HBCU College Expo strikes chord
Published 9:47 pm Friday, November 15, 2019
Adrienne Miller had long wanted to put together an event in Suffolk to raise student awareness for Historically Black Colleges and Universities, or HBCUs, and with the first HBCU College Expo Wednesday at King’s Fork High School, her efforts have paid off.
The college expo featured 11 schools, including HBCUs from Virginia and North Carolina as well as Spelman College in Atlanta, Ga. It also featured representatives from five fraternities and four sororities, the band, Soul Statix, whose members graduated from HBCUs, and the group Straighten Up and Fly Right, a foundation headed by School Board member Tyron Riddick, who is a graduate of Norfolk State University.
Others who turned out to support the event included Superintendent Dr. John B. Gordon III and Director of Human Resources Dr. Rodney Brown.
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Miller, the ACCESS Advisor at King’s Fork, is a graduate of an HBCU, Elizabeth City State University in North Carolina. She wanted to pay homage to HBCUs and introduce them to students who might not have as much awareness of those schools. She wants students to find the right fit for them, no matter the school.
“A lot of people still don’t know (about HBCUs),” Miller said. “People assume that they know what an HBCU is. A lot of people don’t, or they may have some myths about it. Even right down to who goes. Is it all black people that go? Absolutely not. I have a lot of students that are attending HBCUs. It’s just increasing awareness.”
Amahri Edwards-Jones, a 17-year old senior at King’s Fork, is one of those who wasn’t fully aware of all the HBCUs out there.
“I wanted to be introduced to new HBCUs,” Edwards-Jones said. “You hear about the popular ones, but there are some right around here. I didn’t even know about Virginia Union (University). It’s just exciting to learn about it.”
Edwards-Jones, who goes to the Governor’s School for the Arts for musical theater, wants to study theater in college, with the hopes of ending up on Broadway.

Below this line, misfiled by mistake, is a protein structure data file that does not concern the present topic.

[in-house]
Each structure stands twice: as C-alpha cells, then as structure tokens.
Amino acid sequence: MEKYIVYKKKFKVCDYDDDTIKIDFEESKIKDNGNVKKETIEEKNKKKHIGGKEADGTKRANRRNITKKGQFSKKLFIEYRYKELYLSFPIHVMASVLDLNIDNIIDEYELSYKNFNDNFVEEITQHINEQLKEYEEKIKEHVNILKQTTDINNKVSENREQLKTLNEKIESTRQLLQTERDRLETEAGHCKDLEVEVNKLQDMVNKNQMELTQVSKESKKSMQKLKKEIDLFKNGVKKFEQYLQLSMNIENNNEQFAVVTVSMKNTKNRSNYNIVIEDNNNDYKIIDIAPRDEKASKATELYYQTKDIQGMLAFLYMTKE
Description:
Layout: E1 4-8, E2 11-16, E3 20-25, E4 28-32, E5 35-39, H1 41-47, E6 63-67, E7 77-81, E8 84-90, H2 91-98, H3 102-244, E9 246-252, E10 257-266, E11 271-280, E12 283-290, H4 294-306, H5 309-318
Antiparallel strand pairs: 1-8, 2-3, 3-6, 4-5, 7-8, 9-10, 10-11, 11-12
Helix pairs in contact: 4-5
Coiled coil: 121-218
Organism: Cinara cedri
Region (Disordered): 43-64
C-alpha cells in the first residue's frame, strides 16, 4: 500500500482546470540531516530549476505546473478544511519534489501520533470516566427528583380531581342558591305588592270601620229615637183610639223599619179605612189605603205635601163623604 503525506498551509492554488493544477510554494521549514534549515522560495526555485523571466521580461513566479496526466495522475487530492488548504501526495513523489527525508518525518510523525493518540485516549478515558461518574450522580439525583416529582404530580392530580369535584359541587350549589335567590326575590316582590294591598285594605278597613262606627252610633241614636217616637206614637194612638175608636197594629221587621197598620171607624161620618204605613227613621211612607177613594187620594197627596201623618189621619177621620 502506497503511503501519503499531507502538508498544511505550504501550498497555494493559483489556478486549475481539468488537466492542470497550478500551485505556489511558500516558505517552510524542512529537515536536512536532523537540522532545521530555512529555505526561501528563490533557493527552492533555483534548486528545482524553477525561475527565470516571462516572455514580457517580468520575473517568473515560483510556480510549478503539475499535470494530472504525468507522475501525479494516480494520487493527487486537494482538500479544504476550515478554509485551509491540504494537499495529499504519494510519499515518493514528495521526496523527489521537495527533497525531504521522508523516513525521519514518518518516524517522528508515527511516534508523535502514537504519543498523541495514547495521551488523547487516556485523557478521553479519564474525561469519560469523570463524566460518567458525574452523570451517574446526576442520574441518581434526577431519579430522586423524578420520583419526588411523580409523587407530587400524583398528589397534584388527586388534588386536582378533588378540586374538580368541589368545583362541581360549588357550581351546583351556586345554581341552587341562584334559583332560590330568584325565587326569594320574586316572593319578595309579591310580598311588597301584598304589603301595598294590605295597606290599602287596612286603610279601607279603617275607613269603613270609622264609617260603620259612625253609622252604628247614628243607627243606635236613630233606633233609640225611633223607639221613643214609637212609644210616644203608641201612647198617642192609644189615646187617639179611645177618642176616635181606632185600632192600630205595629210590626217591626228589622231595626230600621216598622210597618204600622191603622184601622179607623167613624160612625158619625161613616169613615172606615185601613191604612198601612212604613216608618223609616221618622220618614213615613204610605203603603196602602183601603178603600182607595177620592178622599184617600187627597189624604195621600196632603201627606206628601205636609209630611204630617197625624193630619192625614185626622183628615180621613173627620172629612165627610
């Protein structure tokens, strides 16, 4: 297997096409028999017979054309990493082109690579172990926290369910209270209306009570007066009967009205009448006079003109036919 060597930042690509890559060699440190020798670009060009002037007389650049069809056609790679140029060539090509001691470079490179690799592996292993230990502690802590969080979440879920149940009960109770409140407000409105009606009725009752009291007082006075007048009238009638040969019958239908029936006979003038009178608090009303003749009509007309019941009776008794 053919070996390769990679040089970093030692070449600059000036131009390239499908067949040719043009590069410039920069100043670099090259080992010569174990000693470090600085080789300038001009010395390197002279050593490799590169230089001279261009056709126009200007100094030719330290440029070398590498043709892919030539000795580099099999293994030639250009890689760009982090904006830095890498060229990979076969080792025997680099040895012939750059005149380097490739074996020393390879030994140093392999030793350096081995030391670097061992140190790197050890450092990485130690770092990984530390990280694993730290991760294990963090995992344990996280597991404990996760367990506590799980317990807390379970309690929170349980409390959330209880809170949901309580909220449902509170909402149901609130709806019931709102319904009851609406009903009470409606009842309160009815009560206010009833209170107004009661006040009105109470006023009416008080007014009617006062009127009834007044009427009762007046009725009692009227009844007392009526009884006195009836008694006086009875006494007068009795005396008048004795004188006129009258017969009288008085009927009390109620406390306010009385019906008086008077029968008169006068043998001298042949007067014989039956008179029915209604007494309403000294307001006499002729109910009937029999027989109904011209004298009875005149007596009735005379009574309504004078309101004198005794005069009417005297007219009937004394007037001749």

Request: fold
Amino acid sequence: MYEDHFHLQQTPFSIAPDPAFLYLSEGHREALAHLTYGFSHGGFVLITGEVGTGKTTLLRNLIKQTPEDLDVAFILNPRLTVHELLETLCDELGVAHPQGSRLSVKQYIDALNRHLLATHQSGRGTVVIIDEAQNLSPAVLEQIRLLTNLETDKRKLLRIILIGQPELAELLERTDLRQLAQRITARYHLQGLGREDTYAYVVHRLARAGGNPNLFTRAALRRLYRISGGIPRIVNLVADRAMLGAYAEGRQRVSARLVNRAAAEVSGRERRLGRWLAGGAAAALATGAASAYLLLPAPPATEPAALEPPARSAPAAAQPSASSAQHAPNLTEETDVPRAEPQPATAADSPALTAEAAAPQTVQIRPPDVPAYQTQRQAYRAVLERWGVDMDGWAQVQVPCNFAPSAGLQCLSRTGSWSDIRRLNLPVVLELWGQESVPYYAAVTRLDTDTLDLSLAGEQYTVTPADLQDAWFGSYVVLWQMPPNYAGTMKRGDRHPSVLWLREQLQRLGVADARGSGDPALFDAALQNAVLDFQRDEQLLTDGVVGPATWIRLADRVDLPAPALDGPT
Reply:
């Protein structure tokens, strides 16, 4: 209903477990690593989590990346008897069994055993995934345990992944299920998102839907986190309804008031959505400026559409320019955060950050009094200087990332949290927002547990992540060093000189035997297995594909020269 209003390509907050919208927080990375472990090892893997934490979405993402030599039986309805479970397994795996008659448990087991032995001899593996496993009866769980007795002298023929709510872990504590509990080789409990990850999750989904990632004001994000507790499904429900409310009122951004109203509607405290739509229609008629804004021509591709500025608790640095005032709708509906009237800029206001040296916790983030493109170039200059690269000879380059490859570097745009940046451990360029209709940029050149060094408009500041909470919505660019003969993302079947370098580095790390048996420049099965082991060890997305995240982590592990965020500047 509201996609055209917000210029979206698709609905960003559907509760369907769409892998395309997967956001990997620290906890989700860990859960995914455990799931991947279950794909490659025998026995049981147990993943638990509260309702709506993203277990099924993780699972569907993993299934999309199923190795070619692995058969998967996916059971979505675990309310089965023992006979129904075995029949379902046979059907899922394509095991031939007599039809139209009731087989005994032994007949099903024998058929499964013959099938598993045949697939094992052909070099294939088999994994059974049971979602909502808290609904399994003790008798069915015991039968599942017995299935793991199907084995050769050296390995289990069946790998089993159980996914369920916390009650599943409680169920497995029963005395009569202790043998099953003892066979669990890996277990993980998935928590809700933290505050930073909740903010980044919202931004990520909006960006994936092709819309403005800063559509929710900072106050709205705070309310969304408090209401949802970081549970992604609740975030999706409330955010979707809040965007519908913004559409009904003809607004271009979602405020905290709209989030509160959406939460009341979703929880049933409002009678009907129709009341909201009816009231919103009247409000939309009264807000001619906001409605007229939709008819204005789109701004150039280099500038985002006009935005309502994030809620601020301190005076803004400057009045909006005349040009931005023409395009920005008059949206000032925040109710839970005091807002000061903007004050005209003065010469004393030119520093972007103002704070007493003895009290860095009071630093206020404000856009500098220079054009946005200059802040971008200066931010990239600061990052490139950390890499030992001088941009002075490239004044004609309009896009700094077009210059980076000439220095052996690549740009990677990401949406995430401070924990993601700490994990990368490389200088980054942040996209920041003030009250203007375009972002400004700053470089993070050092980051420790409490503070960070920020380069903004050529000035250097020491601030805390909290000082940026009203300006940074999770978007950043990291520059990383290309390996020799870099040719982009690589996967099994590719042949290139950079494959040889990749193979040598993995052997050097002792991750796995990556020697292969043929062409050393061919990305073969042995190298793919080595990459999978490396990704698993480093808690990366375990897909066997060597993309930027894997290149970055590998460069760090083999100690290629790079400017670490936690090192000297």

“I think for the first time, it’s very well put together,” Edwards-Jones said. “They got a lot of schools. It’s very nice.”
More than 300 students from around the region, including Suffolk’s three public high schools, turned out.
Cheyene Henry, a 16-year old junior at King’s Fork, said she had been leaning toward Howard University, but the event had opened her eyes to other possibilities.
“I’m really passionate about my culture,” Henry said while with her mom next to the Spelman College table. “And going to an HBCU gives me a chance to actually learn about my culture from someone who actually cares. I want to go to an HBCU for the experience and for my education.”
She said her mom, Elicia Henry, has been doing a pretty good job selling her on Spelman, but her mom said she wants her to find the best fit for what she is looking for in a school.
“I’m hoping that she gets to learn more about different colleges and trying to open her eyes to different places,” Elicia Henry said.
Henry said she wants to be an anesthesiologist and study pre-med, with her second choice being to study psychology.
“It’s very beneficial to me, because, being a junior, you’re going to actively search for a college, so this is really helpful to me. It kind of makes me narrow down my choices.”
Miller said she is pleased with the event for its first year, especially since she put it together in just over a month, and is looking forward to having a bigger event in the future.
“To see how it’s going this year,” Miller said, “the only goal next year is that I start earlier.”